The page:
Conversion Therapy: Jerusalem, Unite to Fight Prejudice Against LGBTQ Jews

Inclusivity is not a political issue or a religious issue; it is a human issue.

Lynn Schusterman
Lynn Schusterman
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An Israeli couple kisses during the annual gay pride parade in Jerusalem, July 29, 2010.
An Israeli couple kisses during the annual gay pride parade in Jerusalem, July 29, 2010.Credit: AP
Lynn Schusterman
Lynn Schusterman

There is a practice that proponents suggest can “straighten out” gay people. You would think we had left such pseudo-science in the dark ages. But you would be wrong.

Fifteen years into the 21st century, this dehumanizing and dangerous perspective is alive and well. Later this month, in fact, one session of a conference to be held in Jerusalem will include presentations from so-called conversion therapy experts who will suggest homosexuality is a “condition” to be “cured.”

As someone who is deeply committed to total inclusivity in Jewish life, and fully invested in ensuring a vibrant future for the city of Jerusalem, I am disappointed and saddened that such views are being countenanced to any degree. Practices like conversion therapy (also known as reparative therapy) project a singular viewpoint about gender identity and sexual orientation that is offensive, cruel and outdated.

Even worse, when these views are espoused in the city of Jerusalem, they fuel hatred and intolerance that threaten the social and economic wellbeing of the Jewish capital.

Ironically, this panel is taking place at a time when we are experiencing a real sea change in how people are addressing issues of equality and inclusion in Israel and in other enlightened places around the world. Tel Aviv is considered by many to be a welcoming destination for members of the LGBTQ community. Gay marriage in the United States has reached a critical tipping point and is enjoying far broader acceptance now than even in the recent past. And television shows like "Modern Family" and "Transparent" are raising the profile of key issues, with the latter giving a much-needed voice to the transgender community.

And yet, as far as we have come, we still have people calling publicly for something as backward and shameful as conversion therapy.

How can we reconcile these realities? How can we reconcile them in Jerusalem of all places, a city with the most complex demography and diverse citizenry in the world?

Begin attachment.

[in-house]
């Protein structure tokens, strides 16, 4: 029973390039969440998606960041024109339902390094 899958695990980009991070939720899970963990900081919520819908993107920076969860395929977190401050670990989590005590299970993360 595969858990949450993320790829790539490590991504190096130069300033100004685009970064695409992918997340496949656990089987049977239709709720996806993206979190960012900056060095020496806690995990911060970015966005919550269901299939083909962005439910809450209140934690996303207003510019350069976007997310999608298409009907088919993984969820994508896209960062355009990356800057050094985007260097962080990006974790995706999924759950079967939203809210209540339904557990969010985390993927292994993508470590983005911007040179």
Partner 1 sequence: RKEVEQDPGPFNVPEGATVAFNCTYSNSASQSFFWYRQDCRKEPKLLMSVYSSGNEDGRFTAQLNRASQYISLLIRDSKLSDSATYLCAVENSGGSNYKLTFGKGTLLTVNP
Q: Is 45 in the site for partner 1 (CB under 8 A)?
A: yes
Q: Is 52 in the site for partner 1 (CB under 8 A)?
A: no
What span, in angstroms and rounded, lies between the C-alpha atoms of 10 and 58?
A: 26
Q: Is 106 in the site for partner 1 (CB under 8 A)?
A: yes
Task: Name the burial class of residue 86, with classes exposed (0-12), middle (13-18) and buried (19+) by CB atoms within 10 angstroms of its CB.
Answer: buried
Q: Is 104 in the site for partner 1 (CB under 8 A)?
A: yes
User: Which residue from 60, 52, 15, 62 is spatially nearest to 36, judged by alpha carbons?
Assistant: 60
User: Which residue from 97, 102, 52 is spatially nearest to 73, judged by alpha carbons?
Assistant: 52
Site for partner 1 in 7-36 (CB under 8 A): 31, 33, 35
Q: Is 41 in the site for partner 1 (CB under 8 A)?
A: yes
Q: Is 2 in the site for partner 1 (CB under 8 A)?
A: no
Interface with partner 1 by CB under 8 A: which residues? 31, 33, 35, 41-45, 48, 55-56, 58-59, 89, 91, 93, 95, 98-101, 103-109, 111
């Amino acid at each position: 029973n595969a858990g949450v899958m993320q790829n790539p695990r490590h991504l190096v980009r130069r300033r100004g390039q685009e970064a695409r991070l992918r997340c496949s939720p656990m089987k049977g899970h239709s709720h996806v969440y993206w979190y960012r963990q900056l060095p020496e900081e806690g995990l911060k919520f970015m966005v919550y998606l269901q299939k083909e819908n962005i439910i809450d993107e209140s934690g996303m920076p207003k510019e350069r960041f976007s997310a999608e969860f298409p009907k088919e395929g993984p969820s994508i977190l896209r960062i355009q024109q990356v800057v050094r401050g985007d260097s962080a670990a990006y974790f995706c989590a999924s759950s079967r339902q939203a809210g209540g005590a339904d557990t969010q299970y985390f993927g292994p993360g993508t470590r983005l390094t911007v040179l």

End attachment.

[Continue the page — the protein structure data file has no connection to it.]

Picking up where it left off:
We can start by recognizing the issue for what it is, as opposed to what it is not: Inclusivity is not a political issue. It is not a religious issue. It is a human issue.

Reconciling this reality requires a fundamental commitment to treating our fellow human beings with kindness, compassion and respect.

As Jews, we know what that means. We know what it means to struggle for acceptance. Our experience demands we open our hearts and our minds to be welcoming to all. It demands we recognize that what unites us in our shared humanity is far greater than what divides us. It demands we embrace the diversity that is so important to Jerusalem now and in the future.

I hope all citizens of Jerusalem will join me in calling for more constructive dialogue on these critical issues. In doing so, we can make a bold statement that bigotry and prejudice have no place in a civil and just society. We can send a resounding message that tolerance and diversity are essential to strengthening Jerusalem. And we can give a voice to those silenced by hatred and intolerance.

We have among us some who are already leading the charge. A coalition of LGBTQ organizations, led by Jerusalem Open House, will attend the session at the conference in Jerusalem to respectfully challenge the panelists and share their perspective. They will also host a conference that will take a more nuanced look at critical issues facing Jerusalem’s LGBTQ community. Represented among these organizations are a cadre of young people who are taking an active role in advancing a more welcoming, inclusive dialogue around equality and civil rights.

But clearly we still have a long way to go. If you think this issue does not affect you, think again. These practices cannot coexist with the type of openness needed to continue strengthening the quality of life in Jerusalem. Worse yet, when they are accepted, they compromise the progress we have made to date, and they drive equality-minded young people to leave the city for communities whose values on these issues more closely align with their own. We cannot afford for this to happen.

And so, if you love Jerusalem, as I do; if you believe in Jerusalem, as I do; if you are deeply committed to Jerusalem as the modern, pluralistic capital of Israel and the Jewish people, then join me in making a commitment to uphold inclusionary policies and practices.

Now is the moment to boldly look forward to how we can create a more respectful, welcoming future for Jerusalem, for Israel and for the Jewish people. The challenges we face today demand nothing less.

Lynn Schusterman is the Founder and Co-Chair of the Charles and Lynn Schusterman Family Foundation, a global organization committed to igniting the passion and unleashing the power in young people to create positive change in the Jewish community and beyond. www.schusterman.org

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